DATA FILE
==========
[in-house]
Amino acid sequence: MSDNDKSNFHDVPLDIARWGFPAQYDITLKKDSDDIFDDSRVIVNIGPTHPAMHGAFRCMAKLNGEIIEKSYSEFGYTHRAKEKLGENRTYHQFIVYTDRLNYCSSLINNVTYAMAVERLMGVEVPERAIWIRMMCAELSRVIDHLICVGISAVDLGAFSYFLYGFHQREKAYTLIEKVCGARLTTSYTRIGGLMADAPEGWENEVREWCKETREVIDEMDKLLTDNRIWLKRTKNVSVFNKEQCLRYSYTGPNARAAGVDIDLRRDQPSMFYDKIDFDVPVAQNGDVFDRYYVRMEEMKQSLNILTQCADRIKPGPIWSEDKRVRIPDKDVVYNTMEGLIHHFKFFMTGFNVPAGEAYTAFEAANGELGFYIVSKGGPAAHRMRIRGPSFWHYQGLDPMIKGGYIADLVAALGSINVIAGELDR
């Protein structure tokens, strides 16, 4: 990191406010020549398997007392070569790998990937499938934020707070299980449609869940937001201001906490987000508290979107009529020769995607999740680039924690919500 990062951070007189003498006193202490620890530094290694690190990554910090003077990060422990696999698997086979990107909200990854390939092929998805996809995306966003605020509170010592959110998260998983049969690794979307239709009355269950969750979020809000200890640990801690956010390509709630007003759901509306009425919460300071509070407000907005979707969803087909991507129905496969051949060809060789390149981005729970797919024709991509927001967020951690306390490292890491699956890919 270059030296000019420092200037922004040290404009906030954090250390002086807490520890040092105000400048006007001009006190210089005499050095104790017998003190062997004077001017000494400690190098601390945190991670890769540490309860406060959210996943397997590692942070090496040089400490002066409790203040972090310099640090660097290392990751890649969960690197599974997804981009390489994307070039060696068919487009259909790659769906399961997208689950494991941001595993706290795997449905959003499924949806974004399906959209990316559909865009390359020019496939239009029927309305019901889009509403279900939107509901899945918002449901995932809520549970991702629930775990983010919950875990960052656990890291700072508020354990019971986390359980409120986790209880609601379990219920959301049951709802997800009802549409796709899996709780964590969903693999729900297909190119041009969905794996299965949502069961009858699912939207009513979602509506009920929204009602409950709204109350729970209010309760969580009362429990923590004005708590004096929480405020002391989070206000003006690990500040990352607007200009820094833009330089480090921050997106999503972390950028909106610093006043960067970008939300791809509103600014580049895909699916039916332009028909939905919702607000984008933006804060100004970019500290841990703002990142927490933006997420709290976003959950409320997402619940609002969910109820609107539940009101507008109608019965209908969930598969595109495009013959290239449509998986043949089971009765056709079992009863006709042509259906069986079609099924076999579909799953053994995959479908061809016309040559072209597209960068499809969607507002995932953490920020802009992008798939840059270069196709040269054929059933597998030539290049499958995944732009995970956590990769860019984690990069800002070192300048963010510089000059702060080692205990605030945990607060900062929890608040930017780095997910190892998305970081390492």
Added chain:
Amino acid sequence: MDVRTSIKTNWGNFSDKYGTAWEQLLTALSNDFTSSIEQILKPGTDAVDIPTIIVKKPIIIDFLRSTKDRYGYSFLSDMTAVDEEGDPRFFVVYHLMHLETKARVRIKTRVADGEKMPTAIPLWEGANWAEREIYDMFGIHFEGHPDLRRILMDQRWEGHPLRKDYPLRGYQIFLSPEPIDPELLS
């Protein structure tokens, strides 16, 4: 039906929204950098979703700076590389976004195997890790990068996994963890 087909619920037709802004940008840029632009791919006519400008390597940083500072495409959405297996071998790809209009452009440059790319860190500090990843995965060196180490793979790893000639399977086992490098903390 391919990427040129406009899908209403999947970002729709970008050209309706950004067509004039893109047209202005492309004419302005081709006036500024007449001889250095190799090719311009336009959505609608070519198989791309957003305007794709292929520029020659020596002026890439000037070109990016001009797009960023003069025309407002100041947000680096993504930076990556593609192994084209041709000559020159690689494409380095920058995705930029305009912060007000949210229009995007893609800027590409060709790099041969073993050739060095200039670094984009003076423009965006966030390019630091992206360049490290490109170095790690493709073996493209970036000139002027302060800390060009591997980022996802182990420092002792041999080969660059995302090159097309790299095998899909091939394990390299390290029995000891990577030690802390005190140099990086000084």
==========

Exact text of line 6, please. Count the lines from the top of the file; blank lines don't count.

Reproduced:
């Protein structure tokens, strides 16, 4: 039906929204950098979703700076590389976004195997890790990068996994963890 087909619920037709802004940008840029632009791919006519400008390597940083500072495409959405297996071998790809209009452009440059790319860190500090990843995965060196180490793979790893000639399977086992490098903390 391919990427040129406009899908209403999947970002729709970008050209309706950004067509004039893109047209202005492309004419302005081709006036500024007449001889250095190799090719311009336009959505609608070519198989791309957003305007794709292929520029020659020596002026890439000037070109990016001009797009960023003069025309407002100041947000680096993504930076990556593609192994084209041709000559020159690689494409380095920058995705930029305009912060007000949210229009995007893609800027590409060709790099041969073993050739060095200039670094984009003076423009965006966030390019630091992206360049490290490109170095790690493709073996493209970036000139002027302060800390060009591997980022996802182990420092002792041999080969660059995302090159097309790299095998899909091939394990390299390290029995000891990577030690802390005190140099990086000084």